The problems with water mains and service lines that go to homes are exacerbated by the fact that in the South, pipes are more susceptible to freezing, says Smith, who is based in Atlanta, Ga.

"Down in the South, we're not used to a lot of the put a lot of deep freezes," he says. "So some of the pipes are [buried] relatively shallow."

After the near collapse of Jackson's water system last summer, the federal government took notice. Last month, the Department of Justice stepped in to broker a deal between the the city of Jackson and the Mississippi State Department of Health to get the system repaired, appointing a third-party manager to oversee the process.

The move is meant to be an interim step while the sides negotiate a judicially enforceable consent decree, according to The Associated Press. As Mississippi Today notes, however, there are already consent decrees in place that go back to at least 2013. So far, they have failed to solve the problems.

The Department of Justice also filed a complaint on behalf of the EPA against the city for failing to provide water that reliably meets Safe Drinking Water Act standards. Jackson has been consistently in violation of those standards since at least 2018, according to Mississippi Today.

That has contributed to what Erik Olson, the senior strategic director for health and food at the Natural Resources Defense Council, has said is "decades of disinvestment in the city's water infrastructure."

A lack of funding is short-circuiting proper maintenance

Until about the 1980s, the federal government covered 60% to 70% of funding for water infrastructure, with the remainder split between state and local governments, says Mae Stevens, a water policy expert with Banner Public Affairs.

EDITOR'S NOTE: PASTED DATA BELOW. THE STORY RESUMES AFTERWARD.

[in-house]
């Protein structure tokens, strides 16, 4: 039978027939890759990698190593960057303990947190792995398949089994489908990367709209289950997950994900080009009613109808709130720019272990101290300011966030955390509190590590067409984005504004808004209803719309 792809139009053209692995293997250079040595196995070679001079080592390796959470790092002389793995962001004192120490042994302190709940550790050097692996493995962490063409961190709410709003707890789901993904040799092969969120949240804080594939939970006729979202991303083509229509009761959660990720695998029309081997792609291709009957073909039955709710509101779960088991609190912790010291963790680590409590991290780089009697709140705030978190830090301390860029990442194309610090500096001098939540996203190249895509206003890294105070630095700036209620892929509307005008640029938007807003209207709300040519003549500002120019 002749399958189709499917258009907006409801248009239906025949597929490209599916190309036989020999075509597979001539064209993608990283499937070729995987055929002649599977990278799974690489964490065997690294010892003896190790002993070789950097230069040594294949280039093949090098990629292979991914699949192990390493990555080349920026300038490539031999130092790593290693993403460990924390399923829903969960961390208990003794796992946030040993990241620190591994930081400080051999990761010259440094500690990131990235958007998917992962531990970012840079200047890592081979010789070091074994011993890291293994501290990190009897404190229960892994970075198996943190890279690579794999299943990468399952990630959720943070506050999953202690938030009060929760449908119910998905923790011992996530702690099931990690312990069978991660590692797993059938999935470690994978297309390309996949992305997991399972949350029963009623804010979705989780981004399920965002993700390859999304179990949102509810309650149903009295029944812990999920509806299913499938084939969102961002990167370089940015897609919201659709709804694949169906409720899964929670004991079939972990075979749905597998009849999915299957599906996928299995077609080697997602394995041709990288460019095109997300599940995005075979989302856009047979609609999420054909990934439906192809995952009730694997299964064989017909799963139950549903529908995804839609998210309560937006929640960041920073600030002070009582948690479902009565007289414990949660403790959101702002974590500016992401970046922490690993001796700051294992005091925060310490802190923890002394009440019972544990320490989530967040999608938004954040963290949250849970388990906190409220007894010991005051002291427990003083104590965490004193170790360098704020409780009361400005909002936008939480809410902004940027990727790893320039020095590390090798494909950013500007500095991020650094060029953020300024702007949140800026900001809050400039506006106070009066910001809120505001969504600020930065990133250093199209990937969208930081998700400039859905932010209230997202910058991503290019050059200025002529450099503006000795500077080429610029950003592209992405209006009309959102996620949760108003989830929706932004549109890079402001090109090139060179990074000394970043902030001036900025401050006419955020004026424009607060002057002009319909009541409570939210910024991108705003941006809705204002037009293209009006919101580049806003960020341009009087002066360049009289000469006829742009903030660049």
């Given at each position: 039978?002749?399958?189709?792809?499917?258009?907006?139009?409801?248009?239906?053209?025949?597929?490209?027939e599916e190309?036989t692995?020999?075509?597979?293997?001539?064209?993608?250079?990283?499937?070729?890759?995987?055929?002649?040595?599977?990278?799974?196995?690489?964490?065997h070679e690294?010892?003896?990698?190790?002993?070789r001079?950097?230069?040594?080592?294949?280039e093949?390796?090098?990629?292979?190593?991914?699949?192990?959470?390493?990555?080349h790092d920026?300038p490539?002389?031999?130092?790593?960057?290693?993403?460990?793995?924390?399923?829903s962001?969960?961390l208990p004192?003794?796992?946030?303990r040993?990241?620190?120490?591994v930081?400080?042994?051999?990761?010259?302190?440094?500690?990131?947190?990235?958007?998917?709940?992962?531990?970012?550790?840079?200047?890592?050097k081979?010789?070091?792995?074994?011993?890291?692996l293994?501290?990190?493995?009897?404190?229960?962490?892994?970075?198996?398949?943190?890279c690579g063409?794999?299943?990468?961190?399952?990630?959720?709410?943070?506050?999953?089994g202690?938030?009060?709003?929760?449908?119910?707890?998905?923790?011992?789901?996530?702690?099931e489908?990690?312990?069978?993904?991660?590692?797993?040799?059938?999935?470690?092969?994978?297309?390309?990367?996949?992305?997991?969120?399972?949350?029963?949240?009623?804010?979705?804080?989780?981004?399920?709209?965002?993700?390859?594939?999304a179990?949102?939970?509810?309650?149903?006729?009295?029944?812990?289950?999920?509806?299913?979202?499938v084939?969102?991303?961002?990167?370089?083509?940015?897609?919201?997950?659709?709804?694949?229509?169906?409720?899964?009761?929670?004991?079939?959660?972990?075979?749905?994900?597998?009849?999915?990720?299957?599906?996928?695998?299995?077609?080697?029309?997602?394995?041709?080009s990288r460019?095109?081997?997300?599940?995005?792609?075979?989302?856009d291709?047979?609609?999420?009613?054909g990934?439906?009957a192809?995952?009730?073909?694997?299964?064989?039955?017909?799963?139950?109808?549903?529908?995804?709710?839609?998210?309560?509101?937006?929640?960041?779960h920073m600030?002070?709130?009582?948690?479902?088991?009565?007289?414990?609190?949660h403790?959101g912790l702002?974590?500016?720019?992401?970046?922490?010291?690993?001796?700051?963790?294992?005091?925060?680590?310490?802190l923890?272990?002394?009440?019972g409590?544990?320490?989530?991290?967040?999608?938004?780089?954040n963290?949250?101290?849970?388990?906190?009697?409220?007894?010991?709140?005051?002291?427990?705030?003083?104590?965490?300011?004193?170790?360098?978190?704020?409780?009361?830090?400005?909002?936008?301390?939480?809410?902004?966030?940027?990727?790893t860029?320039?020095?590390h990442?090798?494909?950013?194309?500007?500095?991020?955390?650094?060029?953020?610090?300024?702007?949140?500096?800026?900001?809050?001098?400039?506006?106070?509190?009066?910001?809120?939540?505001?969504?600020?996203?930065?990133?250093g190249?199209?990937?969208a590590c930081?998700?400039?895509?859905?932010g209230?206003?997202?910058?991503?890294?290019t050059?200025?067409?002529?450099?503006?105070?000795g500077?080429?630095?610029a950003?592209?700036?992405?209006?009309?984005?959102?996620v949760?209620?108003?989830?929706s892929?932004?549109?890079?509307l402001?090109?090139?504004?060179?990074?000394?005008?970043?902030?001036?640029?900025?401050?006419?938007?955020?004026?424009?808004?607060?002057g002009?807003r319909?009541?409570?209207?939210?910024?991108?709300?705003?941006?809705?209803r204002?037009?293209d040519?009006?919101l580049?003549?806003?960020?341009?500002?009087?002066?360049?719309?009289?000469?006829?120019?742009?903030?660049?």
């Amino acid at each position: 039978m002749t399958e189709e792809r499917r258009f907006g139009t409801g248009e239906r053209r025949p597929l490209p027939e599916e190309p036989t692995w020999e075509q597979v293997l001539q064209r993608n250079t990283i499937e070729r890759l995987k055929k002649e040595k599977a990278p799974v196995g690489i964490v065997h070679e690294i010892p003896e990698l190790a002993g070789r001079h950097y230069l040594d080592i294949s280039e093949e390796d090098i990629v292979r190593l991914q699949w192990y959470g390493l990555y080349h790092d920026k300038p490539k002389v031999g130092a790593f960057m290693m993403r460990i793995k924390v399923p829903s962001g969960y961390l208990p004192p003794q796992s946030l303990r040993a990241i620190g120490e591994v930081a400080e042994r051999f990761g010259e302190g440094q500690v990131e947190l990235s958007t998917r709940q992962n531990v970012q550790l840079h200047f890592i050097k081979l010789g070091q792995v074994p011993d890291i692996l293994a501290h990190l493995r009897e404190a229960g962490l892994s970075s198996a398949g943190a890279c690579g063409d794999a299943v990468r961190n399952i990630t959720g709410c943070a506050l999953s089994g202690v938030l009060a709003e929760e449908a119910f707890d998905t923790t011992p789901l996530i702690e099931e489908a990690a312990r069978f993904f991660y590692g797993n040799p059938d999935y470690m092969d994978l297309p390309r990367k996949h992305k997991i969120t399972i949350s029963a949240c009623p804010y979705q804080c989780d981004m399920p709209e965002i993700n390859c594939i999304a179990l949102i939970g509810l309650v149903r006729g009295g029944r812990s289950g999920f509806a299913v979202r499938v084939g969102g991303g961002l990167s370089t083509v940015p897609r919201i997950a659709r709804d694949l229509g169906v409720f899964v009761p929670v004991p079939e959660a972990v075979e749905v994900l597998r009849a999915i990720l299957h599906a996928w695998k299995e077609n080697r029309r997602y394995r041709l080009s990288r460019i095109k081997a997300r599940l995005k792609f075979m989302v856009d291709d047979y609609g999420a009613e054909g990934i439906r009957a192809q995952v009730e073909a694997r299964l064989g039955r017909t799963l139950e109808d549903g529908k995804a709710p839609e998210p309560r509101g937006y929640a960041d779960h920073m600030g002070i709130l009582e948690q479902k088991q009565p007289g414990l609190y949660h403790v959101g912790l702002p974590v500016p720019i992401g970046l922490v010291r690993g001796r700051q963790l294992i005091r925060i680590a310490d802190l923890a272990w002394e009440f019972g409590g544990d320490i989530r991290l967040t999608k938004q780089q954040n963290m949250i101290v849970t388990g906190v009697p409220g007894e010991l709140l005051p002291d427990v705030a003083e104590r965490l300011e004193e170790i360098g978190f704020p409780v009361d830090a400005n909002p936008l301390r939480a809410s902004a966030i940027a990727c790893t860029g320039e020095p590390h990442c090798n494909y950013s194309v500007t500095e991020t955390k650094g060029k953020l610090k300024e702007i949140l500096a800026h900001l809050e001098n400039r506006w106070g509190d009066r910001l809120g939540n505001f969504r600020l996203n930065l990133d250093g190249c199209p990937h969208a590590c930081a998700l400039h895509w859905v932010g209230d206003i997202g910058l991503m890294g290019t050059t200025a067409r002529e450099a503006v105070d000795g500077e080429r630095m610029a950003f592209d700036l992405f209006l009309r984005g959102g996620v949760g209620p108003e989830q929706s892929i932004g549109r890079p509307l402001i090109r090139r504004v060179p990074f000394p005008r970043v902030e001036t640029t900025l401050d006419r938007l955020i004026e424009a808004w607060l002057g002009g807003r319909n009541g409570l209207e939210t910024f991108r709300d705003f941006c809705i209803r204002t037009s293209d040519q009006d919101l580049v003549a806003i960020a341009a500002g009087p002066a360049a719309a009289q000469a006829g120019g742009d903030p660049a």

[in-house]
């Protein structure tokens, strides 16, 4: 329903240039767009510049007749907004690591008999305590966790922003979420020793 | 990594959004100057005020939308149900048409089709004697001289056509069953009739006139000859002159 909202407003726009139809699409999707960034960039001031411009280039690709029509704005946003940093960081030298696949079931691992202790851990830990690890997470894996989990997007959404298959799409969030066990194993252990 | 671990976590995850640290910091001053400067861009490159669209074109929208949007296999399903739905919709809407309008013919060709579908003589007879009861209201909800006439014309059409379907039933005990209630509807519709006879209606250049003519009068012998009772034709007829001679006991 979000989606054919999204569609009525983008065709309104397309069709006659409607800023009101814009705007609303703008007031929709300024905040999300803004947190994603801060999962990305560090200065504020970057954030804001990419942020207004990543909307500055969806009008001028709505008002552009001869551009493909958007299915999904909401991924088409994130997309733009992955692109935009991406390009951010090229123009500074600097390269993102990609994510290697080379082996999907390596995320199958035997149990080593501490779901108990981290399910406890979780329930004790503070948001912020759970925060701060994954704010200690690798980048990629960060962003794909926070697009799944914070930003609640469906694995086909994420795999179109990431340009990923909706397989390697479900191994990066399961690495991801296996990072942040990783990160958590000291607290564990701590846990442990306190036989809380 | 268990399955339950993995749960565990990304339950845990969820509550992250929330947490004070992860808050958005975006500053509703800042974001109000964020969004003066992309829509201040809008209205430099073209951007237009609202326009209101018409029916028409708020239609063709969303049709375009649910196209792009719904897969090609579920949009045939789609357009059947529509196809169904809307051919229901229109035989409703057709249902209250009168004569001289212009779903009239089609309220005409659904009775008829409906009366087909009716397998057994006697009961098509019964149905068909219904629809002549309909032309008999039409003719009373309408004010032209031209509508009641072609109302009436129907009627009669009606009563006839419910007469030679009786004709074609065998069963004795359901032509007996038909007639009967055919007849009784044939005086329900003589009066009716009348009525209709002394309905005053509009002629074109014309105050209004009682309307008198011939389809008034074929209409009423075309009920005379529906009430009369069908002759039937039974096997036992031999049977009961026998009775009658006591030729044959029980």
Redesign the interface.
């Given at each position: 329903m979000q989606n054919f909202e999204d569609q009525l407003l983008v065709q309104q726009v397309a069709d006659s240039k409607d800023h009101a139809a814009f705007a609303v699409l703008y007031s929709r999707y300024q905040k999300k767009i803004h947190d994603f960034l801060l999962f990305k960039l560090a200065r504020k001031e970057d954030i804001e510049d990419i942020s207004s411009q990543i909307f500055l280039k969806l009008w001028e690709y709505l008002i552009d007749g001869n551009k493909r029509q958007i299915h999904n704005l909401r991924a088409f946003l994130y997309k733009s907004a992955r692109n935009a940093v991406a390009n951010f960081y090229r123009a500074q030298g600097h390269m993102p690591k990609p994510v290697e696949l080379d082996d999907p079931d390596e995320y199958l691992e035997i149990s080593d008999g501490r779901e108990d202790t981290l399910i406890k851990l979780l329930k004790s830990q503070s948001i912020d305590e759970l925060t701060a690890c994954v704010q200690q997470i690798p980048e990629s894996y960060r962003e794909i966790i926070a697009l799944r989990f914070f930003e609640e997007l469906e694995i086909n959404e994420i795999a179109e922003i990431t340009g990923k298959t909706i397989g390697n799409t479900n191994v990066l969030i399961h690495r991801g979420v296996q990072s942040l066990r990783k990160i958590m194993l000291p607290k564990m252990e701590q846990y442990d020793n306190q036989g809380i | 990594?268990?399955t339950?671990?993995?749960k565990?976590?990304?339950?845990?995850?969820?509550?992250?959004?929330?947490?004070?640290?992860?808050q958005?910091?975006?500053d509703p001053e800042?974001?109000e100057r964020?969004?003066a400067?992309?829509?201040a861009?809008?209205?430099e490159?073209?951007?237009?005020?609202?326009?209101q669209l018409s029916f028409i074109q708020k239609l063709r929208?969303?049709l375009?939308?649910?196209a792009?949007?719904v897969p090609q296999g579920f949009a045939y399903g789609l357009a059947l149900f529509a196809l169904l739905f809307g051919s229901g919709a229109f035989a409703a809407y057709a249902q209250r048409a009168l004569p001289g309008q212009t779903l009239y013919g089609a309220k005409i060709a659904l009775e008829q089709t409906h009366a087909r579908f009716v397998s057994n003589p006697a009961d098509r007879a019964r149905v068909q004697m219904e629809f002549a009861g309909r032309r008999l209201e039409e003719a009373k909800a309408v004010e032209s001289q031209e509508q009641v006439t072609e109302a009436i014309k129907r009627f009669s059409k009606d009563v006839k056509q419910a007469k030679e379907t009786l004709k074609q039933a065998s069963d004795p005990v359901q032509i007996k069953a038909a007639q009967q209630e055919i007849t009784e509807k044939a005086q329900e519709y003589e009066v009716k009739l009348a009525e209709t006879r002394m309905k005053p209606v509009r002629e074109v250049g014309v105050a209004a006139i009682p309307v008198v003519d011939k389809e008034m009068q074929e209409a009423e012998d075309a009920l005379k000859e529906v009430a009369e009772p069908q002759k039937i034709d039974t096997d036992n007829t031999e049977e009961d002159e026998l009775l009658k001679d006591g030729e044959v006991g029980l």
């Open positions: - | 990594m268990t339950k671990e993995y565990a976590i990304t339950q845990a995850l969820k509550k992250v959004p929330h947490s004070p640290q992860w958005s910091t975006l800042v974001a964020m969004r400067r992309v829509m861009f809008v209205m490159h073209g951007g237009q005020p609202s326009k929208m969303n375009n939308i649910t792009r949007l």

"Now it's about 5% coming from the federal government and 95% from the state and local level," she says.

The local funding comes mostly from payments from individual users, which is a problem in Jackson, where 1 in 4 residents live in poverty and many struggle to pay their water bills.

To be sure, the city of Jackson has had some high-profile funding missteps. The city signed a contract for new water meters that didn't work properly. Tens of thousands of customers never received a bill, resulting in millions of dollars in lost revenue.

But that lack of money means for years, Jackson's water system has been a series of emergency fixes rather than a rational program of maintenance, Stevens says.

"You're just patching and not actually replacing," she says.

President Biden's Infrastructure Bill, signed into law in 2021, has made a big difference, tripling the share the government is spending on water infrastructure each year for the next five years, Stevens says.

But it's still not nearly enough: not for Jackson, nor for many cities like it throughout the country.

"We've been chronically underfunding water infrastructure in the United States writ large for the last 40 some years," she says. "Now you're seeing more and more crises happening because more and more bills are coming due, because there hasn't been this preventative maintenance all along, because there hasn't been money."

Copyright 2022 NPR. To see more, visit https://www.npr.org.

Scott Neuman is a reporter and editor, working mainly on breaking news for NPR's digital and radio platforms.